I had hoped to blog about something else today, but this still seems to be a big concern for a number of people. There are a lot of questions running around, some of which we don’t have answers to, others of which we have answers based on some evidence.
It’s important to remember that we’ve seen Gmail roll things out and then roll things back and do phased transitions during deployment. What various people are reporting about images and caching and headers are accurate at the time they are tested. But they may not be accurate tomorrow or in a week or in a month.
I’ve also discovered through this process that a lot of different providers use significantly different image tracking in order to record image loads. Some of these techniques seem to be more resistant to Google’s new image loading process than others.
Why is this all so important?
Image tracking has become a fundamental part of email marketing. It’s something that can be measured, and so a lot of marketers evaluate the effectiveness of an email send based partially on open rate.
How does open tracking work?
For open tracking, ESPs inject a uniquely tagged image into the email. When the recipient opens an email and has images on, the email client calls to the sender server and asks the sender server for all the images in the email. When the tagged image is returned to the recipient, the server records an “open.”
How does caching break open tracking?
Caching means that only the first load of an image is provided by the sender’s server. Subsequent loads of an image are served by the caching proxy. Caching proxies are nothing new; they just haven’t affected email enough in the past for us to have to talk about it.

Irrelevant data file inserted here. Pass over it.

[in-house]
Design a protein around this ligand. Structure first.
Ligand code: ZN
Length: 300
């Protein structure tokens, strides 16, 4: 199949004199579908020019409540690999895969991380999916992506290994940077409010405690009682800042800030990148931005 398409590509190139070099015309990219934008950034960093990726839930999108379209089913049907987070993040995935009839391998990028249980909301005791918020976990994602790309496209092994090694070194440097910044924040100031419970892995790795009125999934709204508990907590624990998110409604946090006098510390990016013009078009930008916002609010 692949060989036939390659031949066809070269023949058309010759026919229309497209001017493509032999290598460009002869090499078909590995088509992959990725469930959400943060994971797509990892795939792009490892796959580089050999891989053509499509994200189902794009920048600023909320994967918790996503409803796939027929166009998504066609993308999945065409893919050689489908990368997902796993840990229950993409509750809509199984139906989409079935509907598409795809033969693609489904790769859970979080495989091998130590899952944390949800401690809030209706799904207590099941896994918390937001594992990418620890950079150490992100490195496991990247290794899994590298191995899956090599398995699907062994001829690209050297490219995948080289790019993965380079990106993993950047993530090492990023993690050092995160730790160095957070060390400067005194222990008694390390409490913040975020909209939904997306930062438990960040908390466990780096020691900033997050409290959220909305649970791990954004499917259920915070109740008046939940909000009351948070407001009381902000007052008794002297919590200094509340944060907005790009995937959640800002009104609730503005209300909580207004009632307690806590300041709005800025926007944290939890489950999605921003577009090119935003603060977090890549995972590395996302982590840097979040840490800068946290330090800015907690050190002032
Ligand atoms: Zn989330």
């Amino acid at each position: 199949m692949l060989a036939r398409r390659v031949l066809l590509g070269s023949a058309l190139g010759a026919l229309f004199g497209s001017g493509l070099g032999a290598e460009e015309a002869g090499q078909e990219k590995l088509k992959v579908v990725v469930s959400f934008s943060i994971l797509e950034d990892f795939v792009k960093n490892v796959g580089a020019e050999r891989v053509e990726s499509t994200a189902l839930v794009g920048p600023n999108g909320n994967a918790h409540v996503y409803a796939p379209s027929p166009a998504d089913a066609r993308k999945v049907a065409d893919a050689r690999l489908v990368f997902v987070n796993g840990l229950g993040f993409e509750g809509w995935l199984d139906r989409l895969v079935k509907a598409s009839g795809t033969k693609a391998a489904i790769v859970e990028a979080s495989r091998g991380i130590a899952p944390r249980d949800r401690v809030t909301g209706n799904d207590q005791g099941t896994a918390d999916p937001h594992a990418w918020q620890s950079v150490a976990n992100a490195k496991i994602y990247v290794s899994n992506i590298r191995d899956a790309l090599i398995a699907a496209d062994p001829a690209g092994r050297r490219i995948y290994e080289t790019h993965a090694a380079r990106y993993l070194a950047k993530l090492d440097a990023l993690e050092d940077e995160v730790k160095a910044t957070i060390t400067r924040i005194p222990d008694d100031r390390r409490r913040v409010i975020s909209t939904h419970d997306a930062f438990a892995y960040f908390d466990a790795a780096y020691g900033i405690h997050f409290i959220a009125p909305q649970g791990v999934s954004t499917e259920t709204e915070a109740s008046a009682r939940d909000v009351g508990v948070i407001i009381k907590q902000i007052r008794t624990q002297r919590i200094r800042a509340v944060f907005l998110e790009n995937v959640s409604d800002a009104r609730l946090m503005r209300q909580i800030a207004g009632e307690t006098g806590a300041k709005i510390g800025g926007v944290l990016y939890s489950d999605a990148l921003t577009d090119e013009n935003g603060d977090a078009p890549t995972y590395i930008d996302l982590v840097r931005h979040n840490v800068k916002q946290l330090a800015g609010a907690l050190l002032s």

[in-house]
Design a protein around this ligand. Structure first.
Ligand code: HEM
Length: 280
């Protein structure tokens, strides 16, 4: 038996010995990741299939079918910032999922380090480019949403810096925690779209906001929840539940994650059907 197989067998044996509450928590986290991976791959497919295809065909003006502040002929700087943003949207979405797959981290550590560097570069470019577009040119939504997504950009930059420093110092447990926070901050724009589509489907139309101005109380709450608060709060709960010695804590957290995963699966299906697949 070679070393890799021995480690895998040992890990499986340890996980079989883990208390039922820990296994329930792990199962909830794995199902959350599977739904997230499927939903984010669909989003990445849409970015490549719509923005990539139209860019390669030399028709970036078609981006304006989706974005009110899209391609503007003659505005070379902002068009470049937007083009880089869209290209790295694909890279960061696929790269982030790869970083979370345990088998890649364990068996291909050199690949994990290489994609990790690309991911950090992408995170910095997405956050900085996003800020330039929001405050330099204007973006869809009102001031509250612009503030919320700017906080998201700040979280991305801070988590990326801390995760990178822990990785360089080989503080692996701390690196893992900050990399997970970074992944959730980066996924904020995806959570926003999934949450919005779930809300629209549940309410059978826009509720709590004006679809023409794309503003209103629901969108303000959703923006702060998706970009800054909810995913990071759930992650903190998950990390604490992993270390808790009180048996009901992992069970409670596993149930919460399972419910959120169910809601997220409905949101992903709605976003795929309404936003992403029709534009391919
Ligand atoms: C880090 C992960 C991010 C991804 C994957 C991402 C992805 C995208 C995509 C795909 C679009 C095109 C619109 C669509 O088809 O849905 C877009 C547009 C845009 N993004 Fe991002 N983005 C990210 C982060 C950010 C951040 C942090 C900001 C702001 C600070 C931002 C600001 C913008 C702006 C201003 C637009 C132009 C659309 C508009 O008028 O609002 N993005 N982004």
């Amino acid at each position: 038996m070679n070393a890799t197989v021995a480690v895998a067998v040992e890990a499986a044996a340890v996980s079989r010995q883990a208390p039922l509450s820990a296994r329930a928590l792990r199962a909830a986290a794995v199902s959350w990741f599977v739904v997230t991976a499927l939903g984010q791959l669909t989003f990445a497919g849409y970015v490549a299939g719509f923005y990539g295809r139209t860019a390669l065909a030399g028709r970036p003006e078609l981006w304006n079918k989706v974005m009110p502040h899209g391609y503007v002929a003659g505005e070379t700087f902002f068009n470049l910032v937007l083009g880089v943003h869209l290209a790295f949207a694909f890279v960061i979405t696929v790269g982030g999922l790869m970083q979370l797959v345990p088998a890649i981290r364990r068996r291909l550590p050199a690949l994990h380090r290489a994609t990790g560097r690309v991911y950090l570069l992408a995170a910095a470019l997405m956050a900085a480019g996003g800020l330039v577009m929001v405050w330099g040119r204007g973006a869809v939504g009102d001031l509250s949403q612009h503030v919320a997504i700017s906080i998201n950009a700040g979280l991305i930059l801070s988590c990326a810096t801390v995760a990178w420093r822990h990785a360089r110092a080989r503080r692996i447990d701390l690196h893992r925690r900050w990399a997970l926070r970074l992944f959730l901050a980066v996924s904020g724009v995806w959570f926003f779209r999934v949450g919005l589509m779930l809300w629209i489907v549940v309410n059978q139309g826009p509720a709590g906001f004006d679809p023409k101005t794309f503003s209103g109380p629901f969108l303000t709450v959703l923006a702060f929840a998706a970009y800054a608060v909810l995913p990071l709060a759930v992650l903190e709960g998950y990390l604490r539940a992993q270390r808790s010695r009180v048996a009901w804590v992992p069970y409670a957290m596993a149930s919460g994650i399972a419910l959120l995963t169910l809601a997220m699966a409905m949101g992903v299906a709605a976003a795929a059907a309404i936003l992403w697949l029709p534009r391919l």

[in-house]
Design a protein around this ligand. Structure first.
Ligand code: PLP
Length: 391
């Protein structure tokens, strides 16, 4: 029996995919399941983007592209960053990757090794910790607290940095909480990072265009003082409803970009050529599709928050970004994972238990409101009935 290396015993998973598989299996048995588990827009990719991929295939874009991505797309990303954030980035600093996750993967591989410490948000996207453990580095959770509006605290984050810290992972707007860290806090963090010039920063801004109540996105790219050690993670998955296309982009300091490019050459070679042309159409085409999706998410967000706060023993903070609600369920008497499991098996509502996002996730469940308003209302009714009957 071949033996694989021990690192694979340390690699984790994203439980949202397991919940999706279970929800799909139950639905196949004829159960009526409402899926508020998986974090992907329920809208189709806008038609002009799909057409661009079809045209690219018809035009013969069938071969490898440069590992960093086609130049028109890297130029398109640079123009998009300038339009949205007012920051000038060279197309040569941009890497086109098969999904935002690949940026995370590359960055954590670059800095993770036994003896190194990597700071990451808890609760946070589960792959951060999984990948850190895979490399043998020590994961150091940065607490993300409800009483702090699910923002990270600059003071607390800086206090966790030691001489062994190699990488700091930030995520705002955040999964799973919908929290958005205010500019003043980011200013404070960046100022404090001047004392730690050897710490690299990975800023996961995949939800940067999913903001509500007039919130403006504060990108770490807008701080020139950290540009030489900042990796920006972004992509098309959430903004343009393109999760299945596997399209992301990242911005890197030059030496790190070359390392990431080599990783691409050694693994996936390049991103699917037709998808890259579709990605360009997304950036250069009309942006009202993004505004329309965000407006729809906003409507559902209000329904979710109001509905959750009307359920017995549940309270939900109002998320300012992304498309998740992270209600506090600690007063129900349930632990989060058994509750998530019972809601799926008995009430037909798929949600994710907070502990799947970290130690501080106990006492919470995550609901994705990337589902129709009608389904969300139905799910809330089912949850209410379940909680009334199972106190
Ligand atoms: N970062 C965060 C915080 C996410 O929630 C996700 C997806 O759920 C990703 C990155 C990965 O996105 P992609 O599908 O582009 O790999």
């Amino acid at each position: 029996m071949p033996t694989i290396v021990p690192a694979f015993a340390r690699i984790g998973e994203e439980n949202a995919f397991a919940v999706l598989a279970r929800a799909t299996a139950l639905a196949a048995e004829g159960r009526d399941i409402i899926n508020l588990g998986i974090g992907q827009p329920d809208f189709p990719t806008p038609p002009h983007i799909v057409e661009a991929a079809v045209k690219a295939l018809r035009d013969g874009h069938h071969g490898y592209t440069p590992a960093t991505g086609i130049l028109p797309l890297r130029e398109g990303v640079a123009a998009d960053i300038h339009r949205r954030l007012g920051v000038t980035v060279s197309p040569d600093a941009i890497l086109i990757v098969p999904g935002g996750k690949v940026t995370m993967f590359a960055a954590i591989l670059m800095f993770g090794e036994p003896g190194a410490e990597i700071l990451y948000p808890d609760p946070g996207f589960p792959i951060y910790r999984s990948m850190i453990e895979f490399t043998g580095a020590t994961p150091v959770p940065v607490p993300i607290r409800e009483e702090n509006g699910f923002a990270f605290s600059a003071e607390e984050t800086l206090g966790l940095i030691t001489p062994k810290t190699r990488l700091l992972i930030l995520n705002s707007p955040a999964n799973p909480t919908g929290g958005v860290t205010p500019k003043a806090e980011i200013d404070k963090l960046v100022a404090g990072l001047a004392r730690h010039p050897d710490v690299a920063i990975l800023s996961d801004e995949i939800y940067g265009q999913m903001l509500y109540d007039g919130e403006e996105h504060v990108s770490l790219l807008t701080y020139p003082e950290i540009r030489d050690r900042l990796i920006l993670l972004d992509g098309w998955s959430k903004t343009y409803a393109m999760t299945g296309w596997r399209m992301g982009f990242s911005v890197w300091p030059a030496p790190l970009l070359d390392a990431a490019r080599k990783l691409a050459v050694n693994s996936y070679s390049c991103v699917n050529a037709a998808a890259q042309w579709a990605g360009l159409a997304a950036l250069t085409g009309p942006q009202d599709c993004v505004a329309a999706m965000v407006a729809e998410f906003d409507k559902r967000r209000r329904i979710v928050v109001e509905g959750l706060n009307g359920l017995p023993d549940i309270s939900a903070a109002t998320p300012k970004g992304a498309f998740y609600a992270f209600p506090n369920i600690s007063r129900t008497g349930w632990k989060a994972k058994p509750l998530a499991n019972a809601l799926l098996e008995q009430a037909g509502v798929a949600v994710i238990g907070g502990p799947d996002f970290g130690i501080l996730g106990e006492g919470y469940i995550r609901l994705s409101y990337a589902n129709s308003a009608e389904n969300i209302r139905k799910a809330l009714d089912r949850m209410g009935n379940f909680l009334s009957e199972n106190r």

Why are some people reporting zero problems?
The first load of a unique image always happens. Some folks don’t measure repeat opens, so they’re not even noticing any changes in their reporting thus are saying they’re seeing no problems.
What else is image tracking used for?
Image tracking can also be used for device detection by reading the “user-agent” string that each device returns. Gmail is currently rewriting the “user-agent” string thus breaking all device detection. The string is unique enough that it would be possible to tag those opens as “opened through gmail web interface.” Gmail may decide to pass through the user agent in the future, the HTTP standard does allow for that.
Image tracking can also be used for geolocation. Some senders use the location of an IP address to return images relevant to a user’s location. The accuracy of geolocation is totally dependent on the accuracy of the IP to location database used; it is a best guess of the user’s location. Gmail is currently not passing through the user’s IP address when requesting the original image. I don’t expect them to start, given they also don’t reveal user IPs when Gmail web users send mail. This falls in the same category of privacy protection.
Is there a workaround?
I have heard of a few people claiming they have a fix. The problem is all of the fixes I have seen involve doing things that violate the HTTP RFCs. For instance, the “fix” or “workaround” discussed at E-Mail Marketing Tipps is to not send back an image at all. This is working now to track repeat opens, but Gmail may adapt and block this as well. It’s also possible that Gmail may decide people trying to “work around” Gmail’s cache should be blocked outright for violating the HTTP spec.
Where can I find more information?
Other blog posts on the issue, including research on what people have seen.
- Litmus: Gmail Adds Image Caching: What You Need to Know
- Return Path: Google’s Image Caching – Much Ado about Not Much?
- Email Marketing Tipps: Gmail’s image caching: How it affects email marketing & how to heal your opens tracking
- Zettasphere: Google Gmail change Breaks Email Open Tracking
- ExactTarget: Gmail Now Caching Images
- MailChimp: How Gmail’s Image Caching Affects Open Tracking
- EmailExpert: Gmail Breaks Email Marketing Again
- Frenzy Commerce: Gmail image changes: everything email marketers need to know